In Brief

Test of 'Impossible' EmDrive Space Engine Passes Peer Review

The EmDrive Space Engine
The EmDrive engine, which is designed to generate thrust by bouncing microwaves around inside a cone-shaped chamber. (Image credit: SPR Ltd./

Good news for all you EmDrive enthusiasts: A new study suggesting that the seemingly impossible space engine may actually work has passed the peer-review process.

The study — which was led by physicist Harold "Sonny" White, of NASA's Johnson Space Center in Houston — found that an EmDrive design generated small amounts of thrust in the lab. These results were leaked online recently, and now the paper has been published, in the American Institute of Aeronautics and Astronautics' Journal of Propulsion and Power.

Development of the EmDrive was begun by British scientist Roger Shawyer about 15 years ago. The engine works by bouncing microwaves around inside a chamber; it requires no propellant and could therefore usher in a new era of superfast and efficient spaceflight, advocates say.

There's just one little issue: The EmDrive shouldn't work, if you put any stock in Newton's Third Law of Motion ("for every action, there is an equal and opposite reaction"). The EmDrive doesn't blast anything out the back, so just how it produces thrust (the equal and opposite reaction) is a mystery.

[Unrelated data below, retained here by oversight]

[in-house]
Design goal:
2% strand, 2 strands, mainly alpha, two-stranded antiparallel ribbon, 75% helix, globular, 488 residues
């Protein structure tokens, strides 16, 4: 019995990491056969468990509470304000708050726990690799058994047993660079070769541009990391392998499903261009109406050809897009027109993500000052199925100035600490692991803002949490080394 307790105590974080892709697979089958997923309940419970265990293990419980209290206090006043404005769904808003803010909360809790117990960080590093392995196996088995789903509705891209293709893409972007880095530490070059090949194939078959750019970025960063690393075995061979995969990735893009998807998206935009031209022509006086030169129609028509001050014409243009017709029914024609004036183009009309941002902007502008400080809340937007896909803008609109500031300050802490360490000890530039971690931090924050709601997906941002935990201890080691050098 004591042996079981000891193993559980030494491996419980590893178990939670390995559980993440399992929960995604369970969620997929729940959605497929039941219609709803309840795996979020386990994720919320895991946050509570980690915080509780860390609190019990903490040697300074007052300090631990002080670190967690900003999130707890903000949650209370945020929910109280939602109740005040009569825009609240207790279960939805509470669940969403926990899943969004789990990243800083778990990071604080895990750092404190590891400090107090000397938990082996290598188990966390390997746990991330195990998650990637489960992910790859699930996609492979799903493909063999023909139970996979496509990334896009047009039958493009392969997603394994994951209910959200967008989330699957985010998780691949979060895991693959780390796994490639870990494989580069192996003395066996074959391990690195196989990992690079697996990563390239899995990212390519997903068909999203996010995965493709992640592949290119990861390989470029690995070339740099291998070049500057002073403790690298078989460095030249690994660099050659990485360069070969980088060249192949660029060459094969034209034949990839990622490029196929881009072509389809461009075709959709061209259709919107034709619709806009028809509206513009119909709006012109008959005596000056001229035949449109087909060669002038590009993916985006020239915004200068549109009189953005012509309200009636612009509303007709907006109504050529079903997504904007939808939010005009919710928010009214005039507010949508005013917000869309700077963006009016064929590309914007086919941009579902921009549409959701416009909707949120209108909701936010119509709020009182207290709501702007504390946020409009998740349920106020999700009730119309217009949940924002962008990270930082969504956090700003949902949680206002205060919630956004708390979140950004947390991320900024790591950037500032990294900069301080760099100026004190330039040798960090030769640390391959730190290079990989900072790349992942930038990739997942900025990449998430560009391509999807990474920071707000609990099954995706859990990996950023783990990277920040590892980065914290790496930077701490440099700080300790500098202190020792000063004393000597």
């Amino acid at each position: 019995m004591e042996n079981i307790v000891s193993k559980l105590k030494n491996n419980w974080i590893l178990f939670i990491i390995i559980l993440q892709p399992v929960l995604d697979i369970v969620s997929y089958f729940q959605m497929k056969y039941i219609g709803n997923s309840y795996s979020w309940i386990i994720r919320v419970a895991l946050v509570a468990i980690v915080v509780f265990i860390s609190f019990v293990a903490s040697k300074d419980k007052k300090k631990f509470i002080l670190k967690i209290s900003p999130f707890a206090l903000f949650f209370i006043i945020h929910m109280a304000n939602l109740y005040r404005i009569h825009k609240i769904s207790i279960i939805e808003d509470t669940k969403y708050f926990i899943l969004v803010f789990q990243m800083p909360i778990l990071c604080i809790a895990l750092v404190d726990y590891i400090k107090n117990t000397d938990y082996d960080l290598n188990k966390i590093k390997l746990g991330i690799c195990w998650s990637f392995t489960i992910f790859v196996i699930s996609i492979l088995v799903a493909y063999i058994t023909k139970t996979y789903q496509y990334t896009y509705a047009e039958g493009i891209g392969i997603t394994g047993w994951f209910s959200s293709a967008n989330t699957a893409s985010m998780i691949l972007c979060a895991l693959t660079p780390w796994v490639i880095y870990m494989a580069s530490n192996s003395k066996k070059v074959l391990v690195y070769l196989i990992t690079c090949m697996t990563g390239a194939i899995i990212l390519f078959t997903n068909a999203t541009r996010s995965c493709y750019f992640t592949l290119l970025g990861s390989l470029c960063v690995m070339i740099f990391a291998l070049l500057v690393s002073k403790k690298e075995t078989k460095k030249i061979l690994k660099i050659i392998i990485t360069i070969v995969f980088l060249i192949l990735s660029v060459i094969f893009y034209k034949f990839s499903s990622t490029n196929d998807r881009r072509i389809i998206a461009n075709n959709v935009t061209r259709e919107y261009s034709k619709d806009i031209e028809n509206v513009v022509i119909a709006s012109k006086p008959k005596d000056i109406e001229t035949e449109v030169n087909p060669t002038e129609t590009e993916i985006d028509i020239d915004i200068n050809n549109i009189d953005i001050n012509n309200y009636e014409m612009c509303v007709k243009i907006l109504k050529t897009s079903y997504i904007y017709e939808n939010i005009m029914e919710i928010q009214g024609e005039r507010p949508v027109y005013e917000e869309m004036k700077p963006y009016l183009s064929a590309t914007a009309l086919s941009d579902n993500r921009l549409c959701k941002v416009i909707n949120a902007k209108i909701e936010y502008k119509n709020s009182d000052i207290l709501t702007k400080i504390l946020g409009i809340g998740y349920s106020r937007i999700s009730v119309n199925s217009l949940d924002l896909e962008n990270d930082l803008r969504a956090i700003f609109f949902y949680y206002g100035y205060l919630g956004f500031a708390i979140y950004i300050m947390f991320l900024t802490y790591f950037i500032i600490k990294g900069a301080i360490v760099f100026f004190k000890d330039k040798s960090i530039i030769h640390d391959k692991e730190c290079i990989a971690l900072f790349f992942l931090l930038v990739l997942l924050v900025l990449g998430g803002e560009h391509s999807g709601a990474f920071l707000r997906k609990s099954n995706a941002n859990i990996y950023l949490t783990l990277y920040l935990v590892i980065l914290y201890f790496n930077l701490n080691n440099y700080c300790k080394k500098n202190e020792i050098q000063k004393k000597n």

The new study is just a lab test, and it doesn't prove that the EmDrive definitely works — White and his team couldn't rule out all sources of experimental error, for example — so don't let visions of EmDrive-powered spaceships fill your head. However, its publication is the latest in a series of recent steps suggesting that the technology may be more than a sci-fi dream.

Read more about the EmDrive and the recent lab test here.

Follow Mike Wall on Twitter @michaeldwall and Google+. Follow us @Spacedotcom, Facebook or Google+. Originally published on

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Mike Wall
Senior Space Writer

Michael Wall is a Senior Space Writer with and joined the team in 2010. He primarily covers exoplanets, spaceflight and military space, but has been known to dabble in the space art beat. His book about the search for alien life, "Out There," was published on Nov. 13, 2018. Before becoming a science writer, Michael worked as a herpetologist and wildlife biologist. He has a Ph.D. in evolutionary biology from the University of Sydney, Australia, a bachelor's degree from the University of Arizona, and a graduate certificate in science writing from the University of California, Santa Cruz. To find out what his latest project is, you can follow Michael on Twitter.